The Climategate saga continues to unfold. The latest chapter involves the apparent cover-up by Phil Jones of the beleaguered Climatic Research Unit (CRU) at East Anglia University and a Chinese-American colleague, Wei-Chyung Wang, about the significant movement of weather stations in China. These are weather stations whose records are a crucial piece of the data demonstrating rapidly rising temperatures — and their movement, perhaps from rural areas to urban centers, could in part undermine the conventional wisdom about why the Earth warmed in the late 20th century.

Ronald Bailey at Reason Magazine has one of the best summaries of this particular episode — which, like much of the Climategate story, has depended on yeoman’s work by British journalists while most of their American colleagues pooh-pooh it. (Example: Search for “Wei-Chyung Wang” on Google News and you get 55 results and just under 300 articles, or less than 10 percent of the hits generated for “Punxsutawney …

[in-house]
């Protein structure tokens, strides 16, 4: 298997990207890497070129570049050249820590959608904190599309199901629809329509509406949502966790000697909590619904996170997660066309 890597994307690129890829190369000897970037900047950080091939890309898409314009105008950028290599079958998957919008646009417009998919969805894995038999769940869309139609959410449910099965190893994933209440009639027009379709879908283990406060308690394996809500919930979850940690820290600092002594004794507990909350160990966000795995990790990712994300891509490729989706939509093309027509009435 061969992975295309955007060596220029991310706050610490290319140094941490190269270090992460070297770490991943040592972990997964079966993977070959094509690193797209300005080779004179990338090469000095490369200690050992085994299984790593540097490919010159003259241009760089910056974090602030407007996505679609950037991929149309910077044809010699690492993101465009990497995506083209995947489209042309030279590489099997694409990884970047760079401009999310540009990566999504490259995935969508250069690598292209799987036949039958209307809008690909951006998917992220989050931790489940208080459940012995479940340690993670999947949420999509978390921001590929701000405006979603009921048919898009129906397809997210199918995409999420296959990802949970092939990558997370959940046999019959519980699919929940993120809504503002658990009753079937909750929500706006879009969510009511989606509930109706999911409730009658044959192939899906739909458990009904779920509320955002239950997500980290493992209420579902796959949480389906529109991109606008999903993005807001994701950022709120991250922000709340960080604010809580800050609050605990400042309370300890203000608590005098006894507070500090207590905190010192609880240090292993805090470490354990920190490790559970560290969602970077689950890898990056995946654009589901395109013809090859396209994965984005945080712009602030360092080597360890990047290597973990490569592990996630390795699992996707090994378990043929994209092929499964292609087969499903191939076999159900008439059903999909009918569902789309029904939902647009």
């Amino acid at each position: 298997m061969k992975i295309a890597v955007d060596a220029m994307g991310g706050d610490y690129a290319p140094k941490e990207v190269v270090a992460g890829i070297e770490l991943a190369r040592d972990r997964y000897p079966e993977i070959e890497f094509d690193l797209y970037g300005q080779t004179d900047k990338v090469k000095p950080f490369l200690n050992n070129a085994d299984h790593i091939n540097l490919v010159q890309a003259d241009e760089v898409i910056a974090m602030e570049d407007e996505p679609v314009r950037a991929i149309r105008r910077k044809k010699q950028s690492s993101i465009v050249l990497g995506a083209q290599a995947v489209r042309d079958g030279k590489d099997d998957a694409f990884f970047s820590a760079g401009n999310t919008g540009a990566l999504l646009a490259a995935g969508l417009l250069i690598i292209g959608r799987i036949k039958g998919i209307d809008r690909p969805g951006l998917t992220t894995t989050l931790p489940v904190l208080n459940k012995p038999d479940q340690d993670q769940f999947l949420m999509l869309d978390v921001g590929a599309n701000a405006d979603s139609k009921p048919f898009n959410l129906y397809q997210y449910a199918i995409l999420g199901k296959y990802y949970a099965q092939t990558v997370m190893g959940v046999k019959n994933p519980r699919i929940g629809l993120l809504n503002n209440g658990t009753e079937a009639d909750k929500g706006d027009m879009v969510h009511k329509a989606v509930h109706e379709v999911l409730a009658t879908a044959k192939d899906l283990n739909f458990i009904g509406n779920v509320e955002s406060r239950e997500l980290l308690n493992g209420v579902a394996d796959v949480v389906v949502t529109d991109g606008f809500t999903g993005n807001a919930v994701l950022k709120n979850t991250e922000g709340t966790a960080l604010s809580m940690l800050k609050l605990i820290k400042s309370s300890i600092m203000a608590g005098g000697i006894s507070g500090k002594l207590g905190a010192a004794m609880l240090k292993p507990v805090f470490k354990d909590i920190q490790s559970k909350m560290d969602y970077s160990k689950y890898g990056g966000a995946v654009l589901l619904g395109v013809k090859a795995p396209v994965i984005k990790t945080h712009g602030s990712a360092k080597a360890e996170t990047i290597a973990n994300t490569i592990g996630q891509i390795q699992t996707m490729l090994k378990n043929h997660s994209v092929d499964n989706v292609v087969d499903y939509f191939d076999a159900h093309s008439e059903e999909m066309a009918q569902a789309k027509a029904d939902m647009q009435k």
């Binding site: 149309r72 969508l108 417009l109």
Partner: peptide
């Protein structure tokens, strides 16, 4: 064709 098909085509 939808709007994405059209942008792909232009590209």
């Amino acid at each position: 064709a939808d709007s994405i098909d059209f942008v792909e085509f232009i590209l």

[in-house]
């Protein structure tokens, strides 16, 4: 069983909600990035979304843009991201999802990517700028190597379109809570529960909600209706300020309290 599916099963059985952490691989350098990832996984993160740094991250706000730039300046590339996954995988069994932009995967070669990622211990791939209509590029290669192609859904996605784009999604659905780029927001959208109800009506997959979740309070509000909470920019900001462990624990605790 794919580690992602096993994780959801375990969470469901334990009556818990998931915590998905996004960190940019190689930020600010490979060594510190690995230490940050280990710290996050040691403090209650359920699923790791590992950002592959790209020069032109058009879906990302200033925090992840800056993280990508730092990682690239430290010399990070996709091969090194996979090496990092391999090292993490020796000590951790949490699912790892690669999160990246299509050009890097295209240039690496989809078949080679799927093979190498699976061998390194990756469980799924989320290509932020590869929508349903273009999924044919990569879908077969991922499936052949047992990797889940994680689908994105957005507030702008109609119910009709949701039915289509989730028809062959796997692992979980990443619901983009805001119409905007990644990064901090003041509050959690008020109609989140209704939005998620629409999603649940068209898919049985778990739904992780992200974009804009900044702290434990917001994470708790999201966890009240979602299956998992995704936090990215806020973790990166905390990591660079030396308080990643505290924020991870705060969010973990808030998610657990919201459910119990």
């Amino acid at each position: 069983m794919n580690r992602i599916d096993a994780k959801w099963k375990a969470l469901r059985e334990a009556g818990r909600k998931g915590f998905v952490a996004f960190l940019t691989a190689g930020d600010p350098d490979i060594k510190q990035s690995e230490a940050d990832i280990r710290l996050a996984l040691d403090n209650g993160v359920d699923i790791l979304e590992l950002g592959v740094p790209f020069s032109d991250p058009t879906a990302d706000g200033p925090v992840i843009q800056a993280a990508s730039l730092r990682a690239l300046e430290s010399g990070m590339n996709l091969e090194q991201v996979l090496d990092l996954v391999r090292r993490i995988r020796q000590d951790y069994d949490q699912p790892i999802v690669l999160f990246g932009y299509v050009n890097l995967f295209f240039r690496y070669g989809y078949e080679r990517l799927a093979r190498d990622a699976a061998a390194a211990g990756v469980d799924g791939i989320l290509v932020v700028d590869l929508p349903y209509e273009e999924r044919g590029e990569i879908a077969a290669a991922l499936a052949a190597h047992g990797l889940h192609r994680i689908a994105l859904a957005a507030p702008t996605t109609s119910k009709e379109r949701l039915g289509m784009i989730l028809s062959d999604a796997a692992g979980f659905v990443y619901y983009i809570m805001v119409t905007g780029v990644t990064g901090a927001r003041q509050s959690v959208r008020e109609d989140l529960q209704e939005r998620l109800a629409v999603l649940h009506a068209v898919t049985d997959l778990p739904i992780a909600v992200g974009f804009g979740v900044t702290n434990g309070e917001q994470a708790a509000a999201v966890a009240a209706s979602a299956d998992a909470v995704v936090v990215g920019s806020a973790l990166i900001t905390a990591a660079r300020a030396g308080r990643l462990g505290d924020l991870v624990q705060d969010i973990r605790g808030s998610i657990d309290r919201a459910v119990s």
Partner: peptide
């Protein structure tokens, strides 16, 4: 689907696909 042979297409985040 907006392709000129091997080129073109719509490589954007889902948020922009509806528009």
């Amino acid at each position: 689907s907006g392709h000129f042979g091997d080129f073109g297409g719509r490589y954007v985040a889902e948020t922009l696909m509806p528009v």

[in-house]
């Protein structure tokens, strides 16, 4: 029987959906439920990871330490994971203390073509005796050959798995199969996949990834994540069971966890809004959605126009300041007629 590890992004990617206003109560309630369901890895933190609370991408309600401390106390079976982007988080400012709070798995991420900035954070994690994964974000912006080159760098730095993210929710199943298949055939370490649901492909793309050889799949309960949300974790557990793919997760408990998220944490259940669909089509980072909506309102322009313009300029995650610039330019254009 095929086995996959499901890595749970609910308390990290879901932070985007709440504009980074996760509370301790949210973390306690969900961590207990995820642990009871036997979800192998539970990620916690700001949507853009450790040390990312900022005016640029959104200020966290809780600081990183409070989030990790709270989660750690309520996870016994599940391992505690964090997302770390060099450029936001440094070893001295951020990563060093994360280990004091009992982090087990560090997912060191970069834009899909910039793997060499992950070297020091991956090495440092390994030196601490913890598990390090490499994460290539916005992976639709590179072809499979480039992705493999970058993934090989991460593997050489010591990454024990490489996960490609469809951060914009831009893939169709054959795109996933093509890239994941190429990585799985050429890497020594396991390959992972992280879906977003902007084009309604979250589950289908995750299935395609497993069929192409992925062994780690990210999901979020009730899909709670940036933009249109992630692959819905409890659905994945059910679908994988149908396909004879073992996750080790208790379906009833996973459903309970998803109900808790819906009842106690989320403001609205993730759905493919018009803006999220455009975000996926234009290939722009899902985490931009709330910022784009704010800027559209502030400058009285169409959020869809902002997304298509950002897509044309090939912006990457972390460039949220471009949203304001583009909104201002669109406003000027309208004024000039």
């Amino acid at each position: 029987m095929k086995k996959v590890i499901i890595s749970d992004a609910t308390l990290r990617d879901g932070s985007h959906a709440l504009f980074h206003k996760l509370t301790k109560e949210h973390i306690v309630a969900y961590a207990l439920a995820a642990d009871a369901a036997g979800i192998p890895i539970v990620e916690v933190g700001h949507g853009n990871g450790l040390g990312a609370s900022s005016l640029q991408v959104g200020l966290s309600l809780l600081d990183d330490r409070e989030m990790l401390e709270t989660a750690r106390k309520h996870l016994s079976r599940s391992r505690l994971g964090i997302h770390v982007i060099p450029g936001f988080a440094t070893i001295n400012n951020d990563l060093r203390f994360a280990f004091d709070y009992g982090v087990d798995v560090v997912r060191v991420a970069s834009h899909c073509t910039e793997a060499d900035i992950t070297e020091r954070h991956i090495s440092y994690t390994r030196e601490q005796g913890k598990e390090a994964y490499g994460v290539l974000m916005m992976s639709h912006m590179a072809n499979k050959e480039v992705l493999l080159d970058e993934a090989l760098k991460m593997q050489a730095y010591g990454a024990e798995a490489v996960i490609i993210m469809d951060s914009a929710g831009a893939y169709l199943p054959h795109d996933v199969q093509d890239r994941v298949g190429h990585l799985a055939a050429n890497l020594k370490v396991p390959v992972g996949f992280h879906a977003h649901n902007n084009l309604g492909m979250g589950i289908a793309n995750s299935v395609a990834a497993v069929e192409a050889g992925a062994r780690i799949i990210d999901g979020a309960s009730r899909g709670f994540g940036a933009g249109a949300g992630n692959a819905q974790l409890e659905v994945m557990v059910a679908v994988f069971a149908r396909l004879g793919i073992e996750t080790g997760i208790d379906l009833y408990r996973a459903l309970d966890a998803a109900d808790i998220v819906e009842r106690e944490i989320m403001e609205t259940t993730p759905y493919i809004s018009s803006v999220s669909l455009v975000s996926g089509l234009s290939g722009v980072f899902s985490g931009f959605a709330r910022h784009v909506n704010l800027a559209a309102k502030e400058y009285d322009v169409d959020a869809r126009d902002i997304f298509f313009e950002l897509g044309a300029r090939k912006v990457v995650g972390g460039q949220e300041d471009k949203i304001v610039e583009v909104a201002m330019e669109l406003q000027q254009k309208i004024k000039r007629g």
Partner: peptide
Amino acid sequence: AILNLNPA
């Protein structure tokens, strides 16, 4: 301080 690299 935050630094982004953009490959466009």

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This week’s sign of the non-apocalypse

Remember that claim by the United Nations’ climate authority that the Himalayan glaciers were likely to disappear by 2035? If not, don’t worry — you weren’t really missing anything.

It turns out, the Times of London reports, that this “scientific” conclusion was based a World Wildlife Fund (WWF) campaign report, which in turn took its “scientific” information from an interview in a magazine in which one — yes, just one — Indian scientist made the claim. Now, that scientist says the whole thing was just speculation on his part.